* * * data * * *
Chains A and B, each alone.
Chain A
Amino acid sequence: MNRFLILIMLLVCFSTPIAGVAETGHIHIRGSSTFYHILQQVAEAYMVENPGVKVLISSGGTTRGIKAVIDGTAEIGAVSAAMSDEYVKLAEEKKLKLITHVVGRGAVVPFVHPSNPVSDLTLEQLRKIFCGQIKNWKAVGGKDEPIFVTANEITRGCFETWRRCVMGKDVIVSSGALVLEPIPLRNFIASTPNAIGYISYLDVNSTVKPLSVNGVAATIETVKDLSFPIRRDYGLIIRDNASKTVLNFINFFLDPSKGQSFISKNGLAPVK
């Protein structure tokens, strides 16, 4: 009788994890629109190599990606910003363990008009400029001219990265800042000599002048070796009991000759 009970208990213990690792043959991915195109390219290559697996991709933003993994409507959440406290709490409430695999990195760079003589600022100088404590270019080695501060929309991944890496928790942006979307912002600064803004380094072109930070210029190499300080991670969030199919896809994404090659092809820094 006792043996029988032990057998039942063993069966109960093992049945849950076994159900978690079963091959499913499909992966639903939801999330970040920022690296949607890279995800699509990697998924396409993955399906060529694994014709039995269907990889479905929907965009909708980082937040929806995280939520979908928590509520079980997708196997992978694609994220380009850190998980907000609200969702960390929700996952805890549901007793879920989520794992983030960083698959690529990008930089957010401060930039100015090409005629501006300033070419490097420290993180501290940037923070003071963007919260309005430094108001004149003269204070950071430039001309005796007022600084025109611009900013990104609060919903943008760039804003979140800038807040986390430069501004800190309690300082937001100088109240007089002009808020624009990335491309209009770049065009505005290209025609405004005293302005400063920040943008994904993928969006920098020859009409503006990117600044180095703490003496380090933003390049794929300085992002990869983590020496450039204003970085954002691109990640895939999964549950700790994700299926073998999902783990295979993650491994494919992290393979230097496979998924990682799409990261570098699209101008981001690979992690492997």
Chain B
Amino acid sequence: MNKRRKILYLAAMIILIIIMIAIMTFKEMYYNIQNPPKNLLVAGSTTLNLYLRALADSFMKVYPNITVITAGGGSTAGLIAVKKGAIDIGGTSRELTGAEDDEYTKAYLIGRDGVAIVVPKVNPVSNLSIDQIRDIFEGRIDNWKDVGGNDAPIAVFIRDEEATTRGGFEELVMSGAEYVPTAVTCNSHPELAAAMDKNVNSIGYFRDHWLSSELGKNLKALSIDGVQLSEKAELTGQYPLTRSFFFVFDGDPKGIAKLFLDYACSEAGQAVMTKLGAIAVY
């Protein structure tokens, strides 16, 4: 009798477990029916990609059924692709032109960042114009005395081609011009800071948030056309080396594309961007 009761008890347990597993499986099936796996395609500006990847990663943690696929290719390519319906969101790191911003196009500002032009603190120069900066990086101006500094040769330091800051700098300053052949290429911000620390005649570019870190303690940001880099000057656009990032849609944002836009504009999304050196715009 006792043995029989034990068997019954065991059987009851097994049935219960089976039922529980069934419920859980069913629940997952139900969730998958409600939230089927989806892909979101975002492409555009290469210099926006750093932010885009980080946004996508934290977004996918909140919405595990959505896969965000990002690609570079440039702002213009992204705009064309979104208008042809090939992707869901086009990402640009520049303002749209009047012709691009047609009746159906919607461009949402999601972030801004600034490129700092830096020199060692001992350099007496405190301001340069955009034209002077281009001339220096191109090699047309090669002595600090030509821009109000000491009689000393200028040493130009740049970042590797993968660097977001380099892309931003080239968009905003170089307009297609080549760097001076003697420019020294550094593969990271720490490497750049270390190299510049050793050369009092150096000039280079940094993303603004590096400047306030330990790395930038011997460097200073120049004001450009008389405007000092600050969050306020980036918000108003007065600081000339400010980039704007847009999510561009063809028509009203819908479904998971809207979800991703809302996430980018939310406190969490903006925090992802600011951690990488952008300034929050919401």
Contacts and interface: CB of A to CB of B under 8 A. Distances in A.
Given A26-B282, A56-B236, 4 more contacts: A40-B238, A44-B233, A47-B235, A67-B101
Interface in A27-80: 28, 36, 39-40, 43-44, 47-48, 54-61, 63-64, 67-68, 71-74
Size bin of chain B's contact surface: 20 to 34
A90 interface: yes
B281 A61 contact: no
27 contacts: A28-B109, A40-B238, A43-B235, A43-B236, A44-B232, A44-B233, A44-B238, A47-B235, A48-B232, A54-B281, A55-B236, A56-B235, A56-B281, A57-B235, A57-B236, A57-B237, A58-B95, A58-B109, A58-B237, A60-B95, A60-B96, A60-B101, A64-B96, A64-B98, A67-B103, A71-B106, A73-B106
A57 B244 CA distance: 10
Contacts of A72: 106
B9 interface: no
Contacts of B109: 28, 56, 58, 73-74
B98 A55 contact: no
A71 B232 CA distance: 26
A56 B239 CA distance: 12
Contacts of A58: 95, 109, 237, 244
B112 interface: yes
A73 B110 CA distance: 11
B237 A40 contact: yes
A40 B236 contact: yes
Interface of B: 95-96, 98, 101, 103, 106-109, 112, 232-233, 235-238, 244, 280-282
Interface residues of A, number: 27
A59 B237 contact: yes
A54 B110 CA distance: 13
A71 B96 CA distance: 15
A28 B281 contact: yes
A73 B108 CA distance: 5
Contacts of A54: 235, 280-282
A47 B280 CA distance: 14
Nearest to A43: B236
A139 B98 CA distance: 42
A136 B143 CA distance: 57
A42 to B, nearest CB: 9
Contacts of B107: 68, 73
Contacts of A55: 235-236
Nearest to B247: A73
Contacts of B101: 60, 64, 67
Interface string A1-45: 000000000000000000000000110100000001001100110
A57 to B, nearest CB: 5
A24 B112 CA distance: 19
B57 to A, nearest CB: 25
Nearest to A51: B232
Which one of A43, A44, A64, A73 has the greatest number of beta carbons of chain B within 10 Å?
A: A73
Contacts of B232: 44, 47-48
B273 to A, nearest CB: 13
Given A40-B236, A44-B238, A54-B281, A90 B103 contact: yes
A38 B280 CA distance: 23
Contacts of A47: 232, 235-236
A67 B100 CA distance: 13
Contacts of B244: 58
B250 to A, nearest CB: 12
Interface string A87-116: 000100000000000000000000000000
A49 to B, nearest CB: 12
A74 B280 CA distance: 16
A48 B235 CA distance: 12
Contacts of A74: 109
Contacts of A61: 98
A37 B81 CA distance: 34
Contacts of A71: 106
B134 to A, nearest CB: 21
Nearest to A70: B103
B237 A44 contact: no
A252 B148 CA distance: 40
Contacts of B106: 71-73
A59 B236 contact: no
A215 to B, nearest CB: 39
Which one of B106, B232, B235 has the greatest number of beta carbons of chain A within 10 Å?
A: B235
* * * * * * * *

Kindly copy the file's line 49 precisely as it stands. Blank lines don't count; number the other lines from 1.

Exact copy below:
Which one of A43, A44, A64, A73 has the greatest number of beta carbons of chain B within 10 Å?